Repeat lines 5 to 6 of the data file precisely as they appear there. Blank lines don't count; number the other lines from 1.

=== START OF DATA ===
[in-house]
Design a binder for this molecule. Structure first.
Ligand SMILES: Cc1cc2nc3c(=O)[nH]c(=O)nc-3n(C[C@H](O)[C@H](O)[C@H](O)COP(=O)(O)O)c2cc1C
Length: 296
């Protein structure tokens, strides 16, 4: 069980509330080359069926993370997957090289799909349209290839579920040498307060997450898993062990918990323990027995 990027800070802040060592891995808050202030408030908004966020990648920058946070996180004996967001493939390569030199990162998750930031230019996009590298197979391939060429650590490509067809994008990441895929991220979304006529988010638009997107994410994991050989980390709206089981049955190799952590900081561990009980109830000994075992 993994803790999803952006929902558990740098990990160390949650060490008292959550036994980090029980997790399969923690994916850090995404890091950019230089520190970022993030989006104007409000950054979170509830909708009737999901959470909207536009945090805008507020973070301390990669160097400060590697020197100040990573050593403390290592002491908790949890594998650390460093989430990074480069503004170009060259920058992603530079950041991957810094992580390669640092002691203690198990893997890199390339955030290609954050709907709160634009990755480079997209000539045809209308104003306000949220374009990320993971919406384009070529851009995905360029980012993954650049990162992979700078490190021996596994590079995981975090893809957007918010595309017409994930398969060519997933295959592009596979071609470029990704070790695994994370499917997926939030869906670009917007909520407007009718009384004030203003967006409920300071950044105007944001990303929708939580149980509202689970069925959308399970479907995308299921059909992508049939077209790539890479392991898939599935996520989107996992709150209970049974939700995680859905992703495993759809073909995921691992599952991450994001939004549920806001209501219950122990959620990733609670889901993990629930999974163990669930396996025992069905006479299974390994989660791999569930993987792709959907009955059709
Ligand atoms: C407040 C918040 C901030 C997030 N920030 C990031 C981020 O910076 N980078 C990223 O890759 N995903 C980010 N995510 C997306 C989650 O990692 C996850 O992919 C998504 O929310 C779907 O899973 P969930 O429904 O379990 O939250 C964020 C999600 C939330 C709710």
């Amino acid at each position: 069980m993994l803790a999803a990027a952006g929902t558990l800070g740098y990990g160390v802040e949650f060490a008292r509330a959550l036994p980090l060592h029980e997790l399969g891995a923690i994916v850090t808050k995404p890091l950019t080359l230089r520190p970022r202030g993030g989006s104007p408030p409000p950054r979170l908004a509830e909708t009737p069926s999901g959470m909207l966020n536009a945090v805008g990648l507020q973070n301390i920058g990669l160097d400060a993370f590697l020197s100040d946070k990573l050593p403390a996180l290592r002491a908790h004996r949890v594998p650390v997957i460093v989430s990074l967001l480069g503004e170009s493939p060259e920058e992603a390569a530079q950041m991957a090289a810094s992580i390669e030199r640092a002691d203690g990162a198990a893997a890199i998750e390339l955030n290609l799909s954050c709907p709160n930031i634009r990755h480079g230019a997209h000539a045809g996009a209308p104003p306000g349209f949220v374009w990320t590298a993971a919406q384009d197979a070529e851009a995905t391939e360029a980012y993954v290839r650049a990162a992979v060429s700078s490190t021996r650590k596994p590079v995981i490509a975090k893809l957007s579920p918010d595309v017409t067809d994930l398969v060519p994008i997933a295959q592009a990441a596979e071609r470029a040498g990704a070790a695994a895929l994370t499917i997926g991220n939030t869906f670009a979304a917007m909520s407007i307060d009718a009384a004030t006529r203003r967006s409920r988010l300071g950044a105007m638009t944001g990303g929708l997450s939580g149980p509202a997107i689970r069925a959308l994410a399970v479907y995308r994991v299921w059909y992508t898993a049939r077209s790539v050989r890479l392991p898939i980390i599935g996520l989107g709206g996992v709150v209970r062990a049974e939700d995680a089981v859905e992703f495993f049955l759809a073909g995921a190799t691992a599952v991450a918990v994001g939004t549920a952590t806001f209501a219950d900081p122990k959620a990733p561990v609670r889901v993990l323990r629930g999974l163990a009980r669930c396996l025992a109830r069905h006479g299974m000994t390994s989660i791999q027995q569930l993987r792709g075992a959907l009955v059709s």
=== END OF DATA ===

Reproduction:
């Protein structure tokens, strides 16, 4: 069980509330080359069926993370997957090289799909349209290839579920040498307060997450898993062990918990323990027995 990027800070802040060592891995808050202030408030908004966020990648920058946070996180004996967001493939390569030199990162998750930031230019996009590298197979391939060429650590490509067809994008990441895929991220979304006529988010638009997107994410994991050989980390709206089981049955190799952590900081561990009980109830000994075992 993994803790999803952006929902558990740098990990160390949650060490008292959550036994980090029980997790399969923690994916850090995404890091950019230089520190970022993030989006104007409000950054979170509830909708009737999901959470909207536009945090805008507020973070301390990669160097400060590697020197100040990573050593403390290592002491908790949890594998650390460093989430990074480069503004170009060259920058992603530079950041991957810094992580390669640092002691203690198990893997890199390339955030290609954050709907709160634009990755480079997209000539045809209308104003306000949220374009990320993971919406384009070529851009995905360029980012993954650049990162992979700078490190021996596994590079995981975090893809957007918010595309017409994930398969060519997933295959592009596979071609470029990704070790695994994370499917997926939030869906670009917007909520407007009718009384004030203003967006409920300071950044105007944001990303929708939580149980509202689970069925959308399970479907995308299921059909992508049939077209790539890479392991898939599935996520989107996992709150209970049974939700995680859905992703495993759809073909995921691992599952991450994001939004549920806001209501219950122990959620990733609670889901993990629930999974163990669930396996025992069905006479299974390994989660791999569930993987792709959907009955059709
Ligand atoms: C407040 C918040 C901030 C997030 N920030 C990031 C981020 O910076 N980078 C990223 O890759 N995903 C980010 N995510 C997306 C989650 O990692 C996850 O992919 C998504 O929310 C779907 O899973 P969930 O429904 O379990 O939250 C964020 C999600 C939330 C709710």